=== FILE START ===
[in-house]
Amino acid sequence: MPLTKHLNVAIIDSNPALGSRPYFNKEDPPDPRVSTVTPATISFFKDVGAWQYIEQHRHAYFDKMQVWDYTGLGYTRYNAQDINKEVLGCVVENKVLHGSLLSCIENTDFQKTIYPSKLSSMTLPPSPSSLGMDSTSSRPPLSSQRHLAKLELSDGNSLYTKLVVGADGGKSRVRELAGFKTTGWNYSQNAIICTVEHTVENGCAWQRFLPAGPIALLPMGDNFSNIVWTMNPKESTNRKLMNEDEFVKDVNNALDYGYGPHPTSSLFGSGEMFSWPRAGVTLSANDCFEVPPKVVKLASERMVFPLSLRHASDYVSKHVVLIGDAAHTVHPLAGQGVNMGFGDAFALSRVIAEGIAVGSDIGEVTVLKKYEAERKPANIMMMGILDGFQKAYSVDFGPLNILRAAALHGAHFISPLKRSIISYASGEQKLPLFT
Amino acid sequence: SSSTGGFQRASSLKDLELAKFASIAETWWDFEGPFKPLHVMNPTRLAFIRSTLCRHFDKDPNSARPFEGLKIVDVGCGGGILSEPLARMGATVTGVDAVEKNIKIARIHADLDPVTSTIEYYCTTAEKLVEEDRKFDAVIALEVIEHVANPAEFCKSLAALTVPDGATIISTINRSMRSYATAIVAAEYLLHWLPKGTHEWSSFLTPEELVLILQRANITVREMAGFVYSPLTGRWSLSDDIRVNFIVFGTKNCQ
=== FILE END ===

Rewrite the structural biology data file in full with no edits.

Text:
[in-house]
Amino acid sequence: MPLTKHLNVAIIDSNPALGSRPYFNKEDPPDPRVSTVTPATISFFKDVGAWQYIEQHRHAYFDKMQVWDYTGLGYTRYNAQDINKEVLGCVVENKVLHGSLLSCIENTDFQKTIYPSKLSSMTLPPSPSSLGMDSTSSRPPLSSQRHLAKLELSDGNSLYTKLVVGADGGKSRVRELAGFKTTGWNYSQNAIICTVEHTVENGCAWQRFLPAGPIALLPMGDNFSNIVWTMNPKESTNRKLMNEDEFVKDVNNALDYGYGPHPTSSLFGSGEMFSWPRAGVTLSANDCFEVPPKVVKLASERMVFPLSLRHASDYVSKHVVLIGDAAHTVHPLAGQGVNMGFGDAFALSRVIAEGIAVGSDIGEVTVLKKYEAERKPANIMMMGILDGFQKAYSVDFGPLNILRAAALHGAHFISPLKRSIISYASGEQKLPLFT
Amino acid sequence: SSSTGGFQRASSLKDLELAKFASIAETWWDFEGPFKPLHVMNPTRLAFIRSTLCRHFDKDPNSARPFEGLKIVDVGCGGGILSEPLARMGATVTGVDAVEKNIKIARIHADLDPVTSTIEYYCTTAEKLVEEDRKFDAVIALEVIEHVANPAEFCKSLAALTVPDGATIISTINRSMRSYATAIVAAEYLLHWLPKGTHEWSSFLTPEELVLILQRANITVREMAGFVYSPLTGRWSLSDDIRVNFIVFGTKNCQ